Why I used a Doula For My Medicated Birth (& would again)

If I had to rate my mom crunchiness on a scale of one to 10, I’d say I’m, like, a three. Yes, I splurged on an organic crib mattress, breastfed and made my own baby food. But I’m also the kind of mom who has an immunization schedule posted on the fridge, sings the praises of sleep training to anyone who will listen, and would rather wrestle a hungry bear than suffer through a home birth (GIVE. ME. WESTERN MEDICINE.). So, I surprised everyone, including myself, when halfway through my pregnancy, I pulled an Earth Mama move and hired a doula.

For anyone not familiar with the term: a birth doula is basically a certified birthing coach who provides physical and emotional support throughout labor and delivery. Typically, women who hire doulas are those who want a “natural” (read: unmedicated) birth. Me, I was always clear that come the big day, I would welcome ALL THE DRUGS, so, needless to say, I was not the typical doula client.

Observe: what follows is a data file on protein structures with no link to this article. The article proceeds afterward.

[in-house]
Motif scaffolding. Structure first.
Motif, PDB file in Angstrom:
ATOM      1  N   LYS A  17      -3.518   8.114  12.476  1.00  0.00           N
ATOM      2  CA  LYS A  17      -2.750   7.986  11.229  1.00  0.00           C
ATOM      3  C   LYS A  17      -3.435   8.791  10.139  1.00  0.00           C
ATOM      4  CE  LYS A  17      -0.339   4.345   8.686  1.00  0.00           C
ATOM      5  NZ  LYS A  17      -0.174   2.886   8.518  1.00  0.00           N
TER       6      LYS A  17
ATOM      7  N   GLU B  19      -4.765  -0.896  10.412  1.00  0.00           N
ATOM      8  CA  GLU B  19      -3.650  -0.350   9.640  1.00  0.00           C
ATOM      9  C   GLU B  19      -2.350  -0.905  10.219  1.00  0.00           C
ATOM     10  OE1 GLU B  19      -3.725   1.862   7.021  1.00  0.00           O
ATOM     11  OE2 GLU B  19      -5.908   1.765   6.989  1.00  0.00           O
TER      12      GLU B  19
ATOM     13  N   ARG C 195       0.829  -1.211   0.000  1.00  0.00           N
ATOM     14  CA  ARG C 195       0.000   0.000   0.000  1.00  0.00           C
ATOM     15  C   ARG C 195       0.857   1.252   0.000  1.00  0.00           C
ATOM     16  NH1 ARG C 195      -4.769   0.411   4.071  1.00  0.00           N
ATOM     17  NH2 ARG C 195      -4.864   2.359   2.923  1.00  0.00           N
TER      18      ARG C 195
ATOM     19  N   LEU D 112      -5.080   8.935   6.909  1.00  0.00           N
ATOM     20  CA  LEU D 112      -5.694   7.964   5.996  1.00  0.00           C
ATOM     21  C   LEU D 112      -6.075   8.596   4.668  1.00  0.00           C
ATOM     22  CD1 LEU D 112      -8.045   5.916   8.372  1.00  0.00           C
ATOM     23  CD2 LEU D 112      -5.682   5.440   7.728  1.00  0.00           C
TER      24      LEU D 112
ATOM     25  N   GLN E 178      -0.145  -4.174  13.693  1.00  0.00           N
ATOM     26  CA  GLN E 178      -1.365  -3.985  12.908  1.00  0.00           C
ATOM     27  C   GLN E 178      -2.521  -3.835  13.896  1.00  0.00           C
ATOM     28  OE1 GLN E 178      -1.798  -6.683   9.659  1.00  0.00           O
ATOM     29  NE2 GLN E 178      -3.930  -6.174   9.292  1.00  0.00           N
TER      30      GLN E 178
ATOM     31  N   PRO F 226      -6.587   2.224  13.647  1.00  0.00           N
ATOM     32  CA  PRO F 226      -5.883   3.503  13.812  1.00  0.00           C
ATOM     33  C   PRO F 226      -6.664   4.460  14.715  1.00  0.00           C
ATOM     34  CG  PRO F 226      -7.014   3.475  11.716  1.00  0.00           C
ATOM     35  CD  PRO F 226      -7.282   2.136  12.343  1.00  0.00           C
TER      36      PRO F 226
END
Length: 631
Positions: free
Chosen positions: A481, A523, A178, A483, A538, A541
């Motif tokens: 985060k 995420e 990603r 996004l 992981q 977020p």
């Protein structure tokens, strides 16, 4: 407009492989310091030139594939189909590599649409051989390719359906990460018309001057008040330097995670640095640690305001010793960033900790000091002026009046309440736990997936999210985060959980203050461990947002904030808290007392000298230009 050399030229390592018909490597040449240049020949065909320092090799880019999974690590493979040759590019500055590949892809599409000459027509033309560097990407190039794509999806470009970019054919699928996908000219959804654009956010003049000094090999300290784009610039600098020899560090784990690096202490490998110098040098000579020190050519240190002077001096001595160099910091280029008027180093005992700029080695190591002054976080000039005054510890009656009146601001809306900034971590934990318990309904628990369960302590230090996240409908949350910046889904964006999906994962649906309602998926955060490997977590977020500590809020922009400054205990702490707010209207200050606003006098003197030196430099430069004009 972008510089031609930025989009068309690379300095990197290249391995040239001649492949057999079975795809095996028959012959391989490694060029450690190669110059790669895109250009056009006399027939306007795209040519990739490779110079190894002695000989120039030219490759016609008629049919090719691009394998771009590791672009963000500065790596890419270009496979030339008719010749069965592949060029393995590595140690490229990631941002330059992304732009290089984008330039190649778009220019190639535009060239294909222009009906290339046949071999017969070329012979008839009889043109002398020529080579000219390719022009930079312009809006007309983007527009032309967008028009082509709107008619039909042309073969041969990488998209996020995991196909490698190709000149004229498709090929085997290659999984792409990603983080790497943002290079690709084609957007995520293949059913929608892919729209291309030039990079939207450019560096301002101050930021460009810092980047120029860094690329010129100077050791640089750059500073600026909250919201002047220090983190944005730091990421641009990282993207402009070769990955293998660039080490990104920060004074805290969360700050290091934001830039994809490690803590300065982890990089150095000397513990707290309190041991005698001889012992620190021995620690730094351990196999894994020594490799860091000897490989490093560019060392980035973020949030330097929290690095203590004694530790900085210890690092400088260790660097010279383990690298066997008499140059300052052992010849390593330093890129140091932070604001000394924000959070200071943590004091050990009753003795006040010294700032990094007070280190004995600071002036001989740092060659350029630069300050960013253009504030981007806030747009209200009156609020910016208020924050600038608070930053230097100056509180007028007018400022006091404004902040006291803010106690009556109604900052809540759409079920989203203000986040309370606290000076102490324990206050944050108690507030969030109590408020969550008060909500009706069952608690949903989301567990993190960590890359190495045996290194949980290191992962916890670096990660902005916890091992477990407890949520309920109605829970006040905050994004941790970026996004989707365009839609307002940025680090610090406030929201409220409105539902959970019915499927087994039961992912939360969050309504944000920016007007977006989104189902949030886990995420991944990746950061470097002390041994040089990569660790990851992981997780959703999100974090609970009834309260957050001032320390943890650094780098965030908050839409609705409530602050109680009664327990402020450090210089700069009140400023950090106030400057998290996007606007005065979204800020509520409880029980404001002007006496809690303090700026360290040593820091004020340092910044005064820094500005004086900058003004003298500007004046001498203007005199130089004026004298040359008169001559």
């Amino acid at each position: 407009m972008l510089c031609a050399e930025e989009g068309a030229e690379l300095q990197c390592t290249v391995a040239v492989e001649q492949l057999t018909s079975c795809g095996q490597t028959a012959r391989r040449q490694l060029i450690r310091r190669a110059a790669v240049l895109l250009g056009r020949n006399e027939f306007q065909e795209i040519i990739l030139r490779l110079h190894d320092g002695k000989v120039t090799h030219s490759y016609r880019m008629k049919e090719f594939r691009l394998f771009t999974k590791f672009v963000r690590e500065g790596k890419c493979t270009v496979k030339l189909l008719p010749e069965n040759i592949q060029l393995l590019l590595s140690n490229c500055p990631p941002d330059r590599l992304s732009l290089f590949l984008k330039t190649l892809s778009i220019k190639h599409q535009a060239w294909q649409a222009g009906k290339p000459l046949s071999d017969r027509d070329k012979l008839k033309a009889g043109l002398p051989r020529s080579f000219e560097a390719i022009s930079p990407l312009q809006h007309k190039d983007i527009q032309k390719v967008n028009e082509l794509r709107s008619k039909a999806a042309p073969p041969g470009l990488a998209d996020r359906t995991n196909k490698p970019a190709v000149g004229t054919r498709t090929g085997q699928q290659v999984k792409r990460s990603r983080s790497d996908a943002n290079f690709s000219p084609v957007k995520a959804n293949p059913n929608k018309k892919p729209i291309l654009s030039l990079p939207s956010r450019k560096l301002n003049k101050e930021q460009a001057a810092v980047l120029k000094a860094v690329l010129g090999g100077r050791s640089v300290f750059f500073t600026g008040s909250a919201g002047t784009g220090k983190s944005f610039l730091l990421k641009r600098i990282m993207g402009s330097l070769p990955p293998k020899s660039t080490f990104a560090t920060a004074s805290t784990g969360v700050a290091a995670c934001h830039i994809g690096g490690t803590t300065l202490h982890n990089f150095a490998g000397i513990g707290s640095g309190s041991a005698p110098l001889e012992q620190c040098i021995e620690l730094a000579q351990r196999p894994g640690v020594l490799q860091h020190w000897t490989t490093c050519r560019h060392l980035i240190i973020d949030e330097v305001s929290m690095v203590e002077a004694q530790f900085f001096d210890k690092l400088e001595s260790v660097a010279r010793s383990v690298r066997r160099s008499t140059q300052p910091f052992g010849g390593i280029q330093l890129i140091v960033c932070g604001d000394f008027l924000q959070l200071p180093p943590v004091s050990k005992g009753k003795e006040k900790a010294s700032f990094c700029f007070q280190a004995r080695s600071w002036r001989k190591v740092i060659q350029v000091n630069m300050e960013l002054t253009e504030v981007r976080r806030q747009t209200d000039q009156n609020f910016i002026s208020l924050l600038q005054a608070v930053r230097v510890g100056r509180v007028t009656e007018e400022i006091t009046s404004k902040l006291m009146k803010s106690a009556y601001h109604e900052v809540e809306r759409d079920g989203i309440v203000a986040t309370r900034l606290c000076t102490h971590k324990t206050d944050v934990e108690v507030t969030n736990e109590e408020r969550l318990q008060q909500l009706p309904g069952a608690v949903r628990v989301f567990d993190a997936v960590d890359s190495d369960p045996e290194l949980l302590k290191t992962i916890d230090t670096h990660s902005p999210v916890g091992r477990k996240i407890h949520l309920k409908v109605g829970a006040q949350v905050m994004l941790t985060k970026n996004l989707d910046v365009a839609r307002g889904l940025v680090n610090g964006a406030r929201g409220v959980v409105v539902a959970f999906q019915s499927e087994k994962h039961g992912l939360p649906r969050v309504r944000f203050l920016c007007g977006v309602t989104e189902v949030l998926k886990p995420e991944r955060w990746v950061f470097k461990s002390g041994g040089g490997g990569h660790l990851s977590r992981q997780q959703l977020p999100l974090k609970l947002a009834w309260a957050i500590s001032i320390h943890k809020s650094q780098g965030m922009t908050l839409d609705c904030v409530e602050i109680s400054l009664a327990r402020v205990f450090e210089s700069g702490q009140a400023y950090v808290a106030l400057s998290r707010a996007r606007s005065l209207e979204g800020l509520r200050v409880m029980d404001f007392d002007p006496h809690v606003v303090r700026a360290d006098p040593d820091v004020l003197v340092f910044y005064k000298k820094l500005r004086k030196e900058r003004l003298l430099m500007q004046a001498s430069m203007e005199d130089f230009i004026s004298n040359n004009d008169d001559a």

I knew that even with an epidural, there was a chance labor could get long and exhausting — which is exactly why I wanted a constant, calming presence in the room. Plus, my doc had warned me that with my due date so close to Christmas, I may be stuck with the on-call OB, and I liked the idea of a guaranteed familiar face. I figured that at the very least, a doula could support my husband (who’s not so great at “medical stuff”) and maybe rub my feet or feed me ice chips or something.

Little did I know how much we’d lean on her throughout my 30 hours of labor, which included four hours of pushing and eventually ended in a C-section.

I’m sure we would have been fine without my doula — most women in the US give birth without one — but her presence definitely made the whole experience less stressful for me and my husband. Here are 10 reasons I’m so glad I hired a doula for my medicated hospital birth (and why I’d totally do it again).

1) I texted her — a lot — in the weeks before my due date.

Even a healthy, textbook pregnancy does weird things to your body. Obviously, I would have called the doctor for anything medically alarming, but the ability to shoot over a quick “Is this my mucus plug?!” text with an accompanying gross picture and get an immediate reply saved me from going down the Dr. Google rabbit hell hole on more than one occasion, and definitely helped keep me relatively calm in my final month of pregnancy.